World Championship Wrestling

Posted On 04/27/2014 By In Columns, Featured

WCW : 11 Things That Should Have Never Happened In WCW

Looking back, WCW had everything at its disposal to be the greatest wrestling company ever. Big names, young talent, cruiserweights, and a billionaires funding were just some of the tools in WCW’s arsenal. For the period of July ’96 to December ’98 WCW was hotter than fish grease. They seemed to hit on all angles creatively, and became clear #1 wrestling company in the world. However, a number of missteps occurred both behind the scenes, and in the ring that would ultimately be their undoing.

To be frank, a number of things that happened in WCW were stupid. Absolutely ridiculous things were commonplace. Title belts were transformed to mere pieces of tin on Vince Russo’s watch. However to be fair, bad booking, and terrible ideas ran rampant long before Vince Russo walked in the door. Pay-Per-View events were established simply because of one man’s love of motorcycles.

Despite every botch on WCW’s part, there is still a “They Shouldn’t Have Lost” undertone when discussing WCW’s memory. In reality, the fact they were able to proceed as long as they did should be commended. However, some stupidity cannot be forgiven, and DEFINITELY shouldn’t be forgotten.

Naturally, this could be a list that contained 111 entries. In the interest of holding your attention, the following 11 will be focused on. Add yours below, as I cannot possibly list every stupid thing WCW did.  There are levels of stupidity when it comes to the company down south. These areas included, in the ring, outside the ring, and behind closed doors. A lot of this information was gathered through DVD’s and books, namely The Death Of WCW.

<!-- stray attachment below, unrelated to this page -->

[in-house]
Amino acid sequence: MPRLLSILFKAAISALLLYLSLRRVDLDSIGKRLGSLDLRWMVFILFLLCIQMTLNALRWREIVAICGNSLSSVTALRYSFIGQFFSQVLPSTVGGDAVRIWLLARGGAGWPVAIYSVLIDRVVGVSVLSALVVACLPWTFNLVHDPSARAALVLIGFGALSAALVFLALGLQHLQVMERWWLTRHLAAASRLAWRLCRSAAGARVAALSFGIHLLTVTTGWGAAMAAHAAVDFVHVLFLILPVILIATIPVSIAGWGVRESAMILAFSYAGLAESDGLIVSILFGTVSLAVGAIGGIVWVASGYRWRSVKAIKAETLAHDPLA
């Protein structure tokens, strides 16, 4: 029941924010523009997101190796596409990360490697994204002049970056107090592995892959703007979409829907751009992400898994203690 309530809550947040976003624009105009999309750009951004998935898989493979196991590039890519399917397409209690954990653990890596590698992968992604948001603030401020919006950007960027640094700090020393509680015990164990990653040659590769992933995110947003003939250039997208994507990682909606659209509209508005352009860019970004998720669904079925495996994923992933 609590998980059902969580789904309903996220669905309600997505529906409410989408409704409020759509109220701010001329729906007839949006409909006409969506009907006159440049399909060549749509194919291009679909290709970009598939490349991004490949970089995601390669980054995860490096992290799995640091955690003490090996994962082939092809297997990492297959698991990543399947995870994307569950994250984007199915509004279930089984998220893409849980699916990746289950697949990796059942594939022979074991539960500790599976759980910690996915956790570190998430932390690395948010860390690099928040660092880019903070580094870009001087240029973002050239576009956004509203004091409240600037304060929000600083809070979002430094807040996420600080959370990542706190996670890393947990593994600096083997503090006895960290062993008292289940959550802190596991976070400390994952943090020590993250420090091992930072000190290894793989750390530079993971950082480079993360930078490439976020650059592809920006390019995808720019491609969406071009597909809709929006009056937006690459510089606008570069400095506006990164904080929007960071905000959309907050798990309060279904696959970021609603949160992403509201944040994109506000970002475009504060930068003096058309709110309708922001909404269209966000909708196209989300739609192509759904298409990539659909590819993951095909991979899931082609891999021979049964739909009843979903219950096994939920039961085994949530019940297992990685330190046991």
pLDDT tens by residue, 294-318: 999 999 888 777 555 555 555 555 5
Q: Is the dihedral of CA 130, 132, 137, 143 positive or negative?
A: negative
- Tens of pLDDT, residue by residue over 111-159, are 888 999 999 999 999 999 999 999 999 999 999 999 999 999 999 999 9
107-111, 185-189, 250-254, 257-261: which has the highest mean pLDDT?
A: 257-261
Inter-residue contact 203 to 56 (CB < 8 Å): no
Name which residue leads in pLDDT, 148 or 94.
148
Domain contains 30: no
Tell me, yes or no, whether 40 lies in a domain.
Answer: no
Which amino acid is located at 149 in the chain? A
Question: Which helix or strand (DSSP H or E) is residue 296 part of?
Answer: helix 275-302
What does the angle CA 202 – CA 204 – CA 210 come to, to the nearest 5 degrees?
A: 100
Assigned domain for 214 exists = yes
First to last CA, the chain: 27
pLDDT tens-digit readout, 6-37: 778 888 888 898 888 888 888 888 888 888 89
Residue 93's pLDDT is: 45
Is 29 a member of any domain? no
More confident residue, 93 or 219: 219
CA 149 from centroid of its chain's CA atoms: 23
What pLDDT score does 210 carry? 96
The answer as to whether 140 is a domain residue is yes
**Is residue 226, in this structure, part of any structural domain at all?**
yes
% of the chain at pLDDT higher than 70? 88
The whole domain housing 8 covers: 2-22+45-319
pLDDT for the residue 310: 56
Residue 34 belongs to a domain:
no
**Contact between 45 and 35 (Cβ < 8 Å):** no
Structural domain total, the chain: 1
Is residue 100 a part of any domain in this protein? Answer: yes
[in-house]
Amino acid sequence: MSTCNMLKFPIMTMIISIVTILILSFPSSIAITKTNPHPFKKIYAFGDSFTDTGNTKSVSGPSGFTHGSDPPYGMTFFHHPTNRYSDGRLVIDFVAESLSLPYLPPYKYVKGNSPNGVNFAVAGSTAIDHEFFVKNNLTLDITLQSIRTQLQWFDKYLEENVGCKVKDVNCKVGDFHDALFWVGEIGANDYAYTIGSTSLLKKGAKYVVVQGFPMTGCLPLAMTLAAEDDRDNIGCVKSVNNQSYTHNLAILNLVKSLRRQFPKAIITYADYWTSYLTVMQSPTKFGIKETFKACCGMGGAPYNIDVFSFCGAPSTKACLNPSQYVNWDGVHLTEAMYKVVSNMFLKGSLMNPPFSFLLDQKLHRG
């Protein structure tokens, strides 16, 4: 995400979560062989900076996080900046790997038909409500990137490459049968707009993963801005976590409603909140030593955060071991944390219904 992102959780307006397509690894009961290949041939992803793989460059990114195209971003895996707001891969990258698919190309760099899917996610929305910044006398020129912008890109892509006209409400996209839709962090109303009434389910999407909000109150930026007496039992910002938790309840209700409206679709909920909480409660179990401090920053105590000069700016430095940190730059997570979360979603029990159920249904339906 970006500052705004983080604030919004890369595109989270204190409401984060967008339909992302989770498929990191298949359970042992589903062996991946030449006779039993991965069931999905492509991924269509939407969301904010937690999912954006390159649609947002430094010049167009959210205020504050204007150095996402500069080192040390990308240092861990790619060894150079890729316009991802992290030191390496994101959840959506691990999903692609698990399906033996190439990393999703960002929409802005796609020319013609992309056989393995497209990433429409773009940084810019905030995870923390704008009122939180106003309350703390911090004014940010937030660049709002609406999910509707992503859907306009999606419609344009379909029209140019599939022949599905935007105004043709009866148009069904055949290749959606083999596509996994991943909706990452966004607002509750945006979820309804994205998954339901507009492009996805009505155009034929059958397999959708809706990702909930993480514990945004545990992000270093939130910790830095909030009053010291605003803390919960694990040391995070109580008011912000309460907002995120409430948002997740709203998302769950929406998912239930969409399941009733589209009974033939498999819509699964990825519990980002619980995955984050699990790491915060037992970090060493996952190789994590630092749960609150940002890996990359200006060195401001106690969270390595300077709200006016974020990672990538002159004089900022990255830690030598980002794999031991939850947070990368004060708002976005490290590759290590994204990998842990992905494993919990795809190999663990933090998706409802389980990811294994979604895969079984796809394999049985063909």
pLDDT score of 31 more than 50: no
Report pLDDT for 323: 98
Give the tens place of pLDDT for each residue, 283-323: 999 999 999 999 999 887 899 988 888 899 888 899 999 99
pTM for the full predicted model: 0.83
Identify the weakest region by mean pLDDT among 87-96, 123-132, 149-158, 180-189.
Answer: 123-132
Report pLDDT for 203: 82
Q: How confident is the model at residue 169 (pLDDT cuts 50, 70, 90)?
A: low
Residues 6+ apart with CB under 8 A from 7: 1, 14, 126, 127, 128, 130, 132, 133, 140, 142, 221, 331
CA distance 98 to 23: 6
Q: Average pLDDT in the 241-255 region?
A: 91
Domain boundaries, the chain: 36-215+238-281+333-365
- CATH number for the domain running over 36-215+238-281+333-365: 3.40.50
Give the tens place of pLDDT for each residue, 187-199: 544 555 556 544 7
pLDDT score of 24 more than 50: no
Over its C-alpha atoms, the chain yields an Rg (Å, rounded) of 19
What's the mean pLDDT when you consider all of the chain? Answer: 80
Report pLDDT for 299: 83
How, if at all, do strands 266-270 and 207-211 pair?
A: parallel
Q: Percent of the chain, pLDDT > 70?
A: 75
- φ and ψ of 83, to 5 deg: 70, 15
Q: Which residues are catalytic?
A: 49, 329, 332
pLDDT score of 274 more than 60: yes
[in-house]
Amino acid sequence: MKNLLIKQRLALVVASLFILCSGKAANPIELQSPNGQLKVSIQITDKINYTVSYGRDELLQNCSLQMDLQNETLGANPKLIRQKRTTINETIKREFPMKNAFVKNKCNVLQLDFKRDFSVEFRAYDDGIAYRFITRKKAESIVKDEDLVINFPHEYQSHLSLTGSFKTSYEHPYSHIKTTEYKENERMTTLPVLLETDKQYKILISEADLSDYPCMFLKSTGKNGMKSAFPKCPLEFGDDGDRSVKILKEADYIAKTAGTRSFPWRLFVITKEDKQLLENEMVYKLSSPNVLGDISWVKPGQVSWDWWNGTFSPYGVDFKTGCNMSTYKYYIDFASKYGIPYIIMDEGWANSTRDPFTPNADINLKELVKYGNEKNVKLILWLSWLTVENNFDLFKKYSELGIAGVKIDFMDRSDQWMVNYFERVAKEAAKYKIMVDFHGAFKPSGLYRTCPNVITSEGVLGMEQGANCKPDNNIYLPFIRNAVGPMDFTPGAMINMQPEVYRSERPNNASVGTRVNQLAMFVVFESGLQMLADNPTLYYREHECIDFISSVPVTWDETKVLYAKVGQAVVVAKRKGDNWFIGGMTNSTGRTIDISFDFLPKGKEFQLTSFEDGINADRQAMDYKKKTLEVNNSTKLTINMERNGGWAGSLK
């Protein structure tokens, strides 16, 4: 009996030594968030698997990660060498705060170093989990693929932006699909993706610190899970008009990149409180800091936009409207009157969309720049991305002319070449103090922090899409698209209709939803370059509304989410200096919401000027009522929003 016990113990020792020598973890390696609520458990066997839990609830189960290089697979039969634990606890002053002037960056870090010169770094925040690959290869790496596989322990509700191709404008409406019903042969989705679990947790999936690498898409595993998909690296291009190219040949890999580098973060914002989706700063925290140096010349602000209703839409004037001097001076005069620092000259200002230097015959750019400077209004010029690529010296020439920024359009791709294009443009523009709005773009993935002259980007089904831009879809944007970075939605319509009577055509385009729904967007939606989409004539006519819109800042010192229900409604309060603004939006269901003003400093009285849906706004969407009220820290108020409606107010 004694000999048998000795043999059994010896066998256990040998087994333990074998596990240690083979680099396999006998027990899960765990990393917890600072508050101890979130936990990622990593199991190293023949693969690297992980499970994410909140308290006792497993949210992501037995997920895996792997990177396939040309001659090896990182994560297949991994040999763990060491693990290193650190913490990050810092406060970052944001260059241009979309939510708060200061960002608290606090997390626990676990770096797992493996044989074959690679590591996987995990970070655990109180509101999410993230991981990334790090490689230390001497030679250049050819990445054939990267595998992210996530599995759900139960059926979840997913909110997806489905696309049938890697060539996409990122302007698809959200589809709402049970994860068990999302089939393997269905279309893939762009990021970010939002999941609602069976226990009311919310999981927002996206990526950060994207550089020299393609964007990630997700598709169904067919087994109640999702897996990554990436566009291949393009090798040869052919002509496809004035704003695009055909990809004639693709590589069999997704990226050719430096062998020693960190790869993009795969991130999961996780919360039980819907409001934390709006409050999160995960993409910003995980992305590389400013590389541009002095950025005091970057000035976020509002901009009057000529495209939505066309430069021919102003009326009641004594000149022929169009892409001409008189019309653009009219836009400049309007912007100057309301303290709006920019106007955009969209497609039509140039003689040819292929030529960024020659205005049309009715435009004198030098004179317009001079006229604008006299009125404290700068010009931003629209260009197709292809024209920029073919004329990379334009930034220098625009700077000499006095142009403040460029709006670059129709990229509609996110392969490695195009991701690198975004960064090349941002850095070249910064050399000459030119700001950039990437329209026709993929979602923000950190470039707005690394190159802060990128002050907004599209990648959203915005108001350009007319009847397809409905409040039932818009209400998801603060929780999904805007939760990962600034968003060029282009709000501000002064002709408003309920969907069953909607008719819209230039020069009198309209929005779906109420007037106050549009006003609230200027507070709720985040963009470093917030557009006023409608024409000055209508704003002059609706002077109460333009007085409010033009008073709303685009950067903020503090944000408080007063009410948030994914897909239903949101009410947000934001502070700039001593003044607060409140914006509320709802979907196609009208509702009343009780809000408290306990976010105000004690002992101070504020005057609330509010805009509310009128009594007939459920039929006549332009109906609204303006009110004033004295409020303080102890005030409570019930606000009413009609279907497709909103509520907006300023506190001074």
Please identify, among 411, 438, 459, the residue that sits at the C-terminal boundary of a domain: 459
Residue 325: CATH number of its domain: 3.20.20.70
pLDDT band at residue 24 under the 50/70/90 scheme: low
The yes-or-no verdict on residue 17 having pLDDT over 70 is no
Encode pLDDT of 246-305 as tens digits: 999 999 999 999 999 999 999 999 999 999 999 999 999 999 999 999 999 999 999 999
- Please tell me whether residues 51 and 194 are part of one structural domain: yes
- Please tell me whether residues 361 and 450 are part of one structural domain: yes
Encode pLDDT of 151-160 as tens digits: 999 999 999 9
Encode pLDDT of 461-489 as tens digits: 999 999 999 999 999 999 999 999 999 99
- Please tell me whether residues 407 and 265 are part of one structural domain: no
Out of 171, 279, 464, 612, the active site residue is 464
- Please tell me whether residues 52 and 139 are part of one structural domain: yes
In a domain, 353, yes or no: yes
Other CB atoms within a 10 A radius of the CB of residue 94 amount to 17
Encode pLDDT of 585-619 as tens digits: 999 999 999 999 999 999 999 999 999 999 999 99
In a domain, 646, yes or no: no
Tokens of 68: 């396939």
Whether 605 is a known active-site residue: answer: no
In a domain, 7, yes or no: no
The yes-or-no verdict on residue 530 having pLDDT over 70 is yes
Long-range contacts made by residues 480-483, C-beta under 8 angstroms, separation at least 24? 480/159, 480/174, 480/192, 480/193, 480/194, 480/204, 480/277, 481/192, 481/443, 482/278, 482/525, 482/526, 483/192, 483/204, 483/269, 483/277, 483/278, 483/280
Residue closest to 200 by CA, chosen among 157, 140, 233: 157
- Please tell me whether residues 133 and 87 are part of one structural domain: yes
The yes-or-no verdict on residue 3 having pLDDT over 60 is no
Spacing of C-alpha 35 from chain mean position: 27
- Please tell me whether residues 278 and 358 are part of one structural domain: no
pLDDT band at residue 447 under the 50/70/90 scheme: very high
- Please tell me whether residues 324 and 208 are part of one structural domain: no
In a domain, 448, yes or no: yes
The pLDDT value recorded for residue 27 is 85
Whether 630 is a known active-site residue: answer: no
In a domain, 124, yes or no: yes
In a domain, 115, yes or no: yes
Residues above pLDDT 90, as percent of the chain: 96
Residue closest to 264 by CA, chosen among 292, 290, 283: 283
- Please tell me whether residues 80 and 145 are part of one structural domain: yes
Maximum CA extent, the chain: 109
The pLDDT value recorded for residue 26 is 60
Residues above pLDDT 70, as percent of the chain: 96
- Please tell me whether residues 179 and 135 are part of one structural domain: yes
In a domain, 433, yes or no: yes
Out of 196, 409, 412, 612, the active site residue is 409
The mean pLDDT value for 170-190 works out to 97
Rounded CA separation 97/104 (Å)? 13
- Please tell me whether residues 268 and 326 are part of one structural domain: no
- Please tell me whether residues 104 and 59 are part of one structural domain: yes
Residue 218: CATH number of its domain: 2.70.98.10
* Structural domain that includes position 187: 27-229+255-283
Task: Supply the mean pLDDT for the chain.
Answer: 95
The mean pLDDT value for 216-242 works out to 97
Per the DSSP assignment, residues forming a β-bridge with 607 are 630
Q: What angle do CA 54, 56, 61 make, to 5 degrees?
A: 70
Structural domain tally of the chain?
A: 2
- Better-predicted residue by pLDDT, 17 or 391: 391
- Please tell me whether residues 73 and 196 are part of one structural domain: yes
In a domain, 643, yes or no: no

My love of WCW is endless, and in loving something you should be able to be honest about it.

Here are 11 things WCW should have never done.

11. Nearly 20 World Championship Changes In 35 Weeks.

WCW World Heavyweight Championship

WCW World Heavyweight Championship

In the year 2000, to say WCW was in trouble is a MASSIVE understatement. The thinking in WCW at the time was, title switches equaled ratings. Didn’t quite work out that way.

In letting the Big Gold Belt change hands so frequently, WCW devalued the title to the point fans no longer cared. As many fans saw it, the title was just going to change hands again. And they were right. There was many times where the title would change hands multiple times in the same night, without Money in The Bank stipulations.

WCW was in the process of attempting to elevate new main eventers, and keep the old ones happy, so what we were treated to were nonsensical lay downs, tag team matches for individual championships, and “Vacant” being the most consistent WCW Champion of the period.  

Here is a list of the champions during that stretch.

Chris Benoit, Sid Vicious (2), Kevin Nash (3), Jeff Jarrett (4), Diamond Dallas Page, David Aruqette, Ric Flair (2), Booker T (3), Vince Russo, & Scott Steiner. Add in the fact the title was vacated 6 times, and it is clear that not a soul in WCW had a clue on how to book, or value a championship.

David Arquette and Vince Russo held world titles, enough said.

10. Watering Down the New World Order

nWo

nWo

The initial faction of the NWO consisted of Hulk Hogan, Kevin Nash and Scott Hall. Adding Ted Dibiase (financial backing to purchase talent & airtime), Syxx (to help carry main events in ring), The Giant (a big guy who was unstoppable) and Eric Bischoff who was the boss of WCW, were moves that made sense. The original 3 made so many enemies; it was a matter of time before they needed more backup.

However, when the NWO started creating a mid-card underneath the top guys, it dented the novelty of having the most elite group in wrestling. When one thinks of the NWO, how long is it before the name Buff Bagwell is mentioned? How about Scott Norton? What about Konnan or Mr. Wallstreet?

It wasn’t long before the NWO began resembling wrestling’s answer to the Wu-Tang Clan. 20 guys would be in the ring during a promo, seemingly pushing each other out of the way to get caught on camera, while one guy in the middle did the talking.

As the storyline evolved, dissension began crippling the NWO’s ranks and they were split in two. With Nash leading The Wolfpac and Hogan leading NWO Hollywood, it just turned into a standard wrestling angle rather than the greatest thing we’ve ever seen.